Trump saves Huawei.

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Official portrait of President Donald J. Trump, Friday, October 6, 2017. (Official White House photo by Shealah Craighead)

Well, not exactly Huawei, but at least Huawei’s smartphone division. After backtracking on sanctions, Huawei’s shipments for 2019 are estimated to be 260 million units and more. This new forecast even beats the pre entity list placement forecast of 250 million units.

According to the Bloomberg article cited several reasons for increased smartphone sales: (1) inclusion of Google play store apps for future smart phones, and (2) increased Chinese domestic sales of Huawei devices that may result from consumers supporting a domestic company.

Ultimately, Trump’s reversal of the Huawei ban (for devices not a threat to national security) has ultimately saved Huawei and their smartphone sales. Over the past two months, there have been multiple reports of canceled phones and laptops (new Matebook); we can expect to see those new devices in the near future as a direct impact of President Trump’s reversal at the G20 summit.

If you export any goods that may contain Huawei parts or components, contact experienced export compliance attorney David Hsu at 832-896-6288 or by email at dh@gjatradelaw.com, attorney.dave@yahoo.com.

Breaking news – Trump allows US companies to sell to Huawei.

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Official portrait of President Donald J. Trump, Friday, October 6, 2017. (Official White House photo by Shealah Craighead)

In comments at the G20 Summit, Trump was quoted as saying:

“One of the things I will allow, however, is, a lot of people are surprised we send and we sell to Huawei a tremendous amount of product that goes into the various things that they make. And I said that that’s okay, that we will keep selling that product. These are American companies… that make product and that’s very complex, by the way, and highly scientific. And in some cases we’re the ones that do it, we’re the only ones that do it. What we’ve done in Silicon Valley is incredible, actually and nobody has been able to compete with it, and I’ve agreed and pretty easily, I’ve agreed to allow them to continue to sell that product. So American companies will continue and they were having a problem, the companies were not exactly happy that they couldn’t sell because they had nothing to do with whatever it was potentially happening with respect to Huawei, so I did do that.”

Based off Trump’s comments, hardware components from US companies such as Intel and Micron can continue to sell to Huawei.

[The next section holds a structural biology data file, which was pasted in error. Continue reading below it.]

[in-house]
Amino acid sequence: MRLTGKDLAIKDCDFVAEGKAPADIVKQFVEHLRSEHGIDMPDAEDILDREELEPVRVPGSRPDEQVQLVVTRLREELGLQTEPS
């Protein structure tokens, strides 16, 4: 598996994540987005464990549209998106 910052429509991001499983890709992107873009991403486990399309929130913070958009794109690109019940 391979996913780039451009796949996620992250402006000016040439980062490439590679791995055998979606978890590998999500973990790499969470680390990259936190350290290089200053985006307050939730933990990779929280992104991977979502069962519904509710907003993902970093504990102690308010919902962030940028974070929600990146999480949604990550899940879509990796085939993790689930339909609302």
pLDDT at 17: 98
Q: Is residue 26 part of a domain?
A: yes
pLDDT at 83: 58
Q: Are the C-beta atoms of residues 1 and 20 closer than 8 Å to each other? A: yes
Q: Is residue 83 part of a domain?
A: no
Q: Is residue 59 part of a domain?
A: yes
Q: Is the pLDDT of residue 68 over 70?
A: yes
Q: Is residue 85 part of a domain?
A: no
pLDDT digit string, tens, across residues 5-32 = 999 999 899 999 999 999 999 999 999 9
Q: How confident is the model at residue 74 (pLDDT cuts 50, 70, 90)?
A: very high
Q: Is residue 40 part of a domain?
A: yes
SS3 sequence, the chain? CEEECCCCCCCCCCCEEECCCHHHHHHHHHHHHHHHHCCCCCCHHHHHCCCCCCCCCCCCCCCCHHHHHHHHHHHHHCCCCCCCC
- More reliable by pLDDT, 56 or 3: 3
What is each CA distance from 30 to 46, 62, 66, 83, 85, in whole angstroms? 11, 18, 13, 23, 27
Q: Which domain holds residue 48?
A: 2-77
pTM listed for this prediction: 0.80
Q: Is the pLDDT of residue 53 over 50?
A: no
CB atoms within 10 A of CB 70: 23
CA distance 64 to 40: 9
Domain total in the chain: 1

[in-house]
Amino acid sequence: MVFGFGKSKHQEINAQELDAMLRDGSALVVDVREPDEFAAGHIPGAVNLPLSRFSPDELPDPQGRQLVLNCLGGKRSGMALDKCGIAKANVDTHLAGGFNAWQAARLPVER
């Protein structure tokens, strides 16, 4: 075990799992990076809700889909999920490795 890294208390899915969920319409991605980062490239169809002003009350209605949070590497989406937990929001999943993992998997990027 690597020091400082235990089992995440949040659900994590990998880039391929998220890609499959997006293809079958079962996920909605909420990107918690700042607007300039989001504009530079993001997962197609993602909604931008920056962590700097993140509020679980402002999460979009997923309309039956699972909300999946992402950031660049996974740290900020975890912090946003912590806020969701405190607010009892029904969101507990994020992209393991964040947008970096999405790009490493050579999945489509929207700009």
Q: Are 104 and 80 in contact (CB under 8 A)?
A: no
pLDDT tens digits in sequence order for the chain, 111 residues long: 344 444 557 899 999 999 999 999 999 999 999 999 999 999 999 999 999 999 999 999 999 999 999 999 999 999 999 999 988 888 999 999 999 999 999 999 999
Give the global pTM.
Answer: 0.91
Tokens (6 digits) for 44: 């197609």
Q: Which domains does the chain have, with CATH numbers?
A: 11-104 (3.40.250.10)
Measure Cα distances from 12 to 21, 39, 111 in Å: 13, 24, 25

Will post more official verification as soon as it becomes available.

If you have questions about the Huawei BIS entity ban, contact experienced export compliance attorney David Hsu by phone/text at 832-896-6288 or by email at dh@gjatradelaw.com, attorney.dave@yahoo.com.

Chinese drone manufacturer DJI to shift some production to America.

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– Photo by Mudassir Ali on Pexels.com

Well known Chinese drone manufacturer – DJI will shift some production to the US to counter growing skepticism from the Trump administration. The Trump administration has suspected the flying drones could be used to send surveillance data back to China.

DJI announced they would open a production facility in Cerritos, California to assemble a version of their drone that is popular with federal and other government agencies. Known as the “Government Edition”, the new drones can only save data on the drone itself and not transmit any data, additionally, the information saved on the drone can only be accessed once the drone lands – there is no ability to wirelessly transmit information through the drone.

With a 70 percent market share for all drones in the US, it is no wonder DJI is taking great effort to be on the good side of the Trump administration.

Do you say your goods are “Made in the USA”? That’s great, and if you do, be sure you meet all the requirements to say your goods are “Made in the USA”. Contact country of origin expert David Hsu at 832-896-6288 or by email at dh@gjatradelaw.com, attorney.dave@yahoo.com for a free no cost or obligation consultation.